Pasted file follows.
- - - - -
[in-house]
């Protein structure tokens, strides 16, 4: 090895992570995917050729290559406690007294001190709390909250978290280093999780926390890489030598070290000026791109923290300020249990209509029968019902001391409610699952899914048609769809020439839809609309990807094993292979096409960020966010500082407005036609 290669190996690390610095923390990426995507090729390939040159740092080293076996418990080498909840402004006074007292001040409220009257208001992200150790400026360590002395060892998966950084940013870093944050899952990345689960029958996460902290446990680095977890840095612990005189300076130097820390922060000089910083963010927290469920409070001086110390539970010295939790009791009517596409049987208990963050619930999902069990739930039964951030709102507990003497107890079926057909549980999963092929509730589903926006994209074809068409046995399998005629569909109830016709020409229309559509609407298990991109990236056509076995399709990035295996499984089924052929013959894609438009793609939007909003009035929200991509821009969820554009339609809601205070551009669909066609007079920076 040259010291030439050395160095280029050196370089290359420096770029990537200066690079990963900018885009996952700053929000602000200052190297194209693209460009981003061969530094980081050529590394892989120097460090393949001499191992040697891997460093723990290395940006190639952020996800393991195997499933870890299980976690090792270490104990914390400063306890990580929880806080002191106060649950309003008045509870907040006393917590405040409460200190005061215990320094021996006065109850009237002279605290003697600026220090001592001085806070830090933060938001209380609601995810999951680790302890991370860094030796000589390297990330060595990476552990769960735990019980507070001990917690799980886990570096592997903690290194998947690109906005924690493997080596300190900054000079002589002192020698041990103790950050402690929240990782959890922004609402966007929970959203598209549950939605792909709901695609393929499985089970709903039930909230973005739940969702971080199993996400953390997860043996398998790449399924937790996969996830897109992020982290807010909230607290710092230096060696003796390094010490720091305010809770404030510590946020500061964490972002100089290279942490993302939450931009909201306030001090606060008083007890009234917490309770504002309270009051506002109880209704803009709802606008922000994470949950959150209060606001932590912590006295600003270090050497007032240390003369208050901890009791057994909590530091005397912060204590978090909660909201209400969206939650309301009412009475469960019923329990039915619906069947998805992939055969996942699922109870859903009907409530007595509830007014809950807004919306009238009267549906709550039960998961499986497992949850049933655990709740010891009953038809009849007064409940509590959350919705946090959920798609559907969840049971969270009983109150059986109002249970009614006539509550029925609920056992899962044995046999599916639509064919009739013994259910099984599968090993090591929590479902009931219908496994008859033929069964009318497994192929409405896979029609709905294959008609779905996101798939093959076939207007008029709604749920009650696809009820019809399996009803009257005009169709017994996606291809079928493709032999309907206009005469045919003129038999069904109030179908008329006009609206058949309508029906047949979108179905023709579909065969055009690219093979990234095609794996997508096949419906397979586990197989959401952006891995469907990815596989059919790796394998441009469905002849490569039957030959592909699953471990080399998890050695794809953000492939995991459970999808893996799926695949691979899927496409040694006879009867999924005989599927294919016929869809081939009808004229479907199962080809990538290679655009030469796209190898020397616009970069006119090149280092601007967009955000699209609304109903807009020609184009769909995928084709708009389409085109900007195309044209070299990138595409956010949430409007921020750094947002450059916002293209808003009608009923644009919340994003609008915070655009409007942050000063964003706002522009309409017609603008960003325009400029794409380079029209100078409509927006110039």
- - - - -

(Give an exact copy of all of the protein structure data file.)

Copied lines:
[in-house]
């Protein structure tokens, strides 16, 4: 090895992570995917050729290559406690007294001190709390909250978290280093999780926390890489030598070290000026791109923290300020249990209509029968019902001391409610699952899914048609769809020439839809609309990807094993292979096409960020966010500082407005036609 290669190996690390610095923390990426995507090729390939040159740092080293076996418990080498909840402004006074007292001040409220009257208001992200150790400026360590002395060892998966950084940013870093944050899952990345689960029958996460902290446990680095977890840095612990005189300076130097820390922060000089910083963010927290469920409070001086110390539970010295939790009791009517596409049987208990963050619930999902069990739930039964951030709102507990003497107890079926057909549980999963092929509730589903926006994209074809068409046995399998005629569909109830016709020409229309559509609407298990991109990236056509076995399709990035295996499984089924052929013959894609438009793609939007909003009035929200991509821009969820554009339609809601205070551009669909066609007079920076 040259010291030439050395160095280029050196370089290359420096770029990537200066690079990963900018885009996952700053929000602000200052190297194209693209460009981003061969530094980081050529590394892989120097460090393949001499191992040697891997460093723990290395940006190639952020996800393991195997499933870890299980976690090792270490104990914390400063306890990580929880806080002191106060649950309003008045509870907040006393917590405040409460200190005061215990320094021996006065109850009237002279605290003697600026220090001592001085806070830090933060938001209380609601995810999951680790302890991370860094030796000589390297990330060595990476552990769960735990019980507070001990917690799980886990570096592997903690290194998947690109906005924690493997080596300190900054000079002589002192020698041990103790950050402690929240990782959890922004609402966007929970959203598209549950939605792909709901695609393929499985089970709903039930909230973005739940969702971080199993996400953390997860043996398998790449399924937790996969996830897109992020982290807010909230607290710092230096060696003796390094010490720091305010809770404030510590946020500061964490972002100089290279942490993302939450931009909201306030001090606060008083007890009234917490309770504002309270009051506002109880209704803009709802606008922000994470949950959150209060606001932590912590006295600003270090050497007032240390003369208050901890009791057994909590530091005397912060204590978090909660909201209400969206939650309301009412009475469960019923329990039915619906069947998805992939055969996942699922109870859903009907409530007595509830007014809950807004919306009238009267549906709550039960998961499986497992949850049933655990709740010891009953038809009849007064409940509590959350919705946090959920798609559907969840049971969270009983109150059986109002249970009614006539509550029925609920056992899962044995046999599916639509064919009739013994259910099984599968090993090591929590479902009931219908496994008859033929069964009318497994192929409405896979029609709905294959008609779905996101798939093959076939207007008029709604749920009650696809009820019809399996009803009257005009169709017994996606291809079928493709032999309907206009005469045919003129038999069904109030179908008329006009609206058949309508029906047949979108179905023709579909065969055009690219093979990234095609794996997508096949419906397979586990197989959401952006891995469907990815596989059919790796394998441009469905002849490569039957030959592909699953471990080399998890050695794809953000492939995991459970999808893996799926695949691979899927496409040694006879009867999924005989599927294919016929869809081939009808004229479907199962080809990538290679655009030469796209190898020397616009970069006119090149280092601007967009955000699209609304109903807009020609184009769909995928084709708009389409085109900007195309044209070299990138595409956010949430409007921020750094947002450059916002293209808003009608009923644009919340994003609008915070655009409007942050000063964003706002522009309409017609603008960003325009400029794409380079029209100078409509927006110039």